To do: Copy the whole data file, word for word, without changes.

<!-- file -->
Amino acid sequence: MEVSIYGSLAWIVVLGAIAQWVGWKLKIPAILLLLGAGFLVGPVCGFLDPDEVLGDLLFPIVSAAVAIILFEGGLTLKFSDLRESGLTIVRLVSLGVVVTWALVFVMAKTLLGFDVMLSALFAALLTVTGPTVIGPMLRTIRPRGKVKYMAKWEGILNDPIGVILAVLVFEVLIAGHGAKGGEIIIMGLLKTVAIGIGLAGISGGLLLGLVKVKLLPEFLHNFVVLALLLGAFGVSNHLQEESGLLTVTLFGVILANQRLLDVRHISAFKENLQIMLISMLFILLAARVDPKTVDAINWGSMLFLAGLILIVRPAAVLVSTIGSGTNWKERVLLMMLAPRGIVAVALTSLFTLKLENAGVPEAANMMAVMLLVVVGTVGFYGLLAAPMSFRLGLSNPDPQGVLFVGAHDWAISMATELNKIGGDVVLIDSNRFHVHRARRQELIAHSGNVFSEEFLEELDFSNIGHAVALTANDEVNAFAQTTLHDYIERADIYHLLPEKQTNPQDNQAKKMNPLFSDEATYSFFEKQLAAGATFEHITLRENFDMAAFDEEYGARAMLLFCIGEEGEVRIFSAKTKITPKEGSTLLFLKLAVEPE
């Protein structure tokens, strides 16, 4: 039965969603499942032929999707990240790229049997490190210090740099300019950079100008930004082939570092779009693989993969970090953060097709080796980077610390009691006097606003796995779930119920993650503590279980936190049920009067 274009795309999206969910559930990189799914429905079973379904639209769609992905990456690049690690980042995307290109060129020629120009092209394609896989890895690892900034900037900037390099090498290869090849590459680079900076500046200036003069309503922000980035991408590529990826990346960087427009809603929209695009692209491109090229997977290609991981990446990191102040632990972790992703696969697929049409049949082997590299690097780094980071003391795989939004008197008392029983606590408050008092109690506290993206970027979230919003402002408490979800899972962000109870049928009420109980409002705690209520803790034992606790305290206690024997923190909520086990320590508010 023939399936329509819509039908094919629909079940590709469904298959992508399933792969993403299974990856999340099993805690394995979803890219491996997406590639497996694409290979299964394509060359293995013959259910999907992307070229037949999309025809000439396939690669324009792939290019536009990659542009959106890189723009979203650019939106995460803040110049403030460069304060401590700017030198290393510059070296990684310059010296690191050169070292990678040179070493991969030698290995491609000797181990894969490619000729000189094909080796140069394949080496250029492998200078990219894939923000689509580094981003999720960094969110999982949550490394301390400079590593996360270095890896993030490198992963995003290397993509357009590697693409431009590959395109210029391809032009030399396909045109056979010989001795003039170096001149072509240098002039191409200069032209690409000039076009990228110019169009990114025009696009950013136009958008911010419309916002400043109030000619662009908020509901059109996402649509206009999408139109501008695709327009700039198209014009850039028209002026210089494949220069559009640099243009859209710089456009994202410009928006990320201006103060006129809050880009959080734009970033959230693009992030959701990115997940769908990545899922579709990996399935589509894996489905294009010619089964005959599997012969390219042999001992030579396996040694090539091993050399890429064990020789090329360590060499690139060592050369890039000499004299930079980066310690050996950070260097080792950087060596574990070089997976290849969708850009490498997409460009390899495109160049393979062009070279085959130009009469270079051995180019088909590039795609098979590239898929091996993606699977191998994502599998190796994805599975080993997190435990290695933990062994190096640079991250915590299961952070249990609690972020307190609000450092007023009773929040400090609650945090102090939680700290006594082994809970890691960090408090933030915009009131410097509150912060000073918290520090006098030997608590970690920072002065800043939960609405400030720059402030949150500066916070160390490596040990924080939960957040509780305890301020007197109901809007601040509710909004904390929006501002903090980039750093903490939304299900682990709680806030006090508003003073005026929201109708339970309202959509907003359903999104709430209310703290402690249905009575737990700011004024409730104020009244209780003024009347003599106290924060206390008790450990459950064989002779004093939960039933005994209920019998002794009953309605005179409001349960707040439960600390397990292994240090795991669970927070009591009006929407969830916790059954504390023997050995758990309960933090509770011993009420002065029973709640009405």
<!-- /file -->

Amino acid sequence: MEVSIYGSLAWIVVLGAIAQWVGWKLKIPAILLLLGAGFLVGPVCGFLDPDEVLGDLLFPIVSAAVAIILFEGGLTLKFSDLRESGLTIVRLVSLGVVVTWALVFVMAKTLLGFDVMLSALFAALLTVTGPTVIGPMLRTIRPRGKVKYMAKWEGILNDPIGVILAVLVFEVLIAGHGAKGGEIIIMGLLKTVAIGIGLAGISGGLLLGLVKVKLLPEFLHNFVVLALLLGAFGVSNHLQEESGLLTVTLFGVILANQRLLDVRHISAFKENLQIMLISMLFILLAARVDPKTVDAINWGSMLFLAGLILIVRPAAVLVSTIGSGTNWKERVLLMMLAPRGIVAVALTSLFTLKLENAGVPEAANMMAVMLLVVVGTVGFYGLLAAPMSFRLGLSNPDPQGVLFVGAHDWAISMATELNKIGGDVVLIDSNRFHVHRARRQELIAHSGNVFSEEFLEELDFSNIGHAVALTANDEVNAFAQTTLHDYIERADIYHLLPEKQTNPQDNQAKKMNPLFSDEATYSFFEKQLAAGATFEHITLRENFDMAAFDEEYGARAMLLFCIGEEGEVRIFSAKTKITPKEGSTLLFLKLAVEPE
């Protein structure tokens, strides 16, 4: 039965969603499942032929999707990240790229049997490190210090740099300019950079100008930004082939570092779009693989993969970090953060097709080796980077610390009691006097606003796995779930119920993650503590279980936190049920009067 274009795309999206969910559930990189799914429905079973379904639209769609992905990456690049690690980042995307290109060129020629120009092209394609896989890895690892900034900037900037390099090498290869090849590459680079900076500046200036003069309503922000980035991408590529990826990346960087427009809603929209695009692209491109090229997977290609991981990446990191102040632990972790992703696969697929049409049949082997590299690097780094980071003391795989939004008197008392029983606590408050008092109690506290993206970027979230919003402002408490979800899972962000109870049928009420109980409002705690209520803790034992606790305290206690024997923190909520086990320590508010 023939399936329509819509039908094919629909079940590709469904298959992508399933792969993403299974990856999340099993805690394995979803890219491996997406590639497996694409290979299964394509060359293995013959259910999907992307070229037949999309025809000439396939690669324009792939290019536009990659542009959106890189723009979203650019939106995460803040110049403030460069304060401590700017030198290393510059070296990684310059010296690191050169070292990678040179070493991969030698290995491609000797181990894969490619000729000189094909080796140069394949080496250029492998200078990219894939923000689509580094981003999720960094969110999982949550490394301390400079590593996360270095890896993030490198992963995003290397993509357009590697693409431009590959395109210029391809032009030399396909045109056979010989001795003039170096001149072509240098002039191409200069032209690409000039076009990228110019169009990114025009696009950013136009958008911010419309916002400043109030000619662009908020509901059109996402649509206009999408139109501008695709327009700039198209014009850039028209002026210089494949220069559009640099243009859209710089456009994202410009928006990320201006103060006129809050880009959080734009970033959230693009992030959701990115997940769908990545899922579709990996399935589509894996489905294009010619089964005959599997012969390219042999001992030579396996040694090539091993050399890429064990020789090329360590060499690139060592050369890039000499004299930079980066310690050996950070260097080792950087060596574990070089997976290849969708850009490498997409460009390899495109160049393979062009070279085959130009009469270079051995180019088909590039795609098979590239898929091996993606699977191998994502599998190796994805599975080993997190435990290695933990062994190096640079991250915590299961952070249990609690972020307190609000450092007023009773929040400090609650945090102090939680700290006594082994809970890691960090408090933030915009009131410097509150912060000073918290520090006098030997608590970690920072002065800043939960609405400030720059402030949150500066916070160390490596040990924080939960957040509780305890301020007197109901809007601040509710909004904390929006501002903090980039750093903490939304299900682990709680806030006090508003003073005026929201109708339970309202959509907003359903999104709430209310703290402690249905009575737990700011004024409730104020009244209780003024009347003599106290924060206390008790450990459950064989002779004093939960039933005994209920019998002794009953309605005179409001349960707040439960600390397990292994240090795991669970927070009591009006929407969830916790059954504390023997050995758990309960933090509770011993009420002065029973709640009405």